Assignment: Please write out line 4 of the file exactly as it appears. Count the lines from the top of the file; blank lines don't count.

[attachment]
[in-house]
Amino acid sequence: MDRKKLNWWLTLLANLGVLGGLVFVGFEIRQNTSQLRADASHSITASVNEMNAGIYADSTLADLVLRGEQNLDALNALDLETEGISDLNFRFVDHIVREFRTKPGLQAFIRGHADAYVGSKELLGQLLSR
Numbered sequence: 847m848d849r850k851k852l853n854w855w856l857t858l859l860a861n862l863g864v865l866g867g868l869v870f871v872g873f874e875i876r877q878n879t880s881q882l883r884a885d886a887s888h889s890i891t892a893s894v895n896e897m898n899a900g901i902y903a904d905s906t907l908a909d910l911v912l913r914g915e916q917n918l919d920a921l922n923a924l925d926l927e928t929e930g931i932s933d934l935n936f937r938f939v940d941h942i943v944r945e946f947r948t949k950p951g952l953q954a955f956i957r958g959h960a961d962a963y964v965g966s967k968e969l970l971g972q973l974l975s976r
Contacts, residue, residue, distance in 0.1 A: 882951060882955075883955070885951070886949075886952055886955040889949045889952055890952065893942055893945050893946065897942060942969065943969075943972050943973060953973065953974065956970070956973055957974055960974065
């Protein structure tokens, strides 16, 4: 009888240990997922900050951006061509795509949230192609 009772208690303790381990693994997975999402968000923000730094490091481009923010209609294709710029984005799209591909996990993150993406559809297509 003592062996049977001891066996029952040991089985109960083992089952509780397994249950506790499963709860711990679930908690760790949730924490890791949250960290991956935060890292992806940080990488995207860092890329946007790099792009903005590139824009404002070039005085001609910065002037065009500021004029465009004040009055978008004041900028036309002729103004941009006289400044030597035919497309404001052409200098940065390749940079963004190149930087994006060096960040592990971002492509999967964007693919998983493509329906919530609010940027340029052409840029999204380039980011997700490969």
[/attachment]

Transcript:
Contacts, residue, residue, distance in 0.1 A: 882951060882955075883955070885951070886949075886952055886955040889949045889952055890952065893942055893945050893946065897942060942969065943969075943972050943973060953973065953974065956970070956973055957974055960974065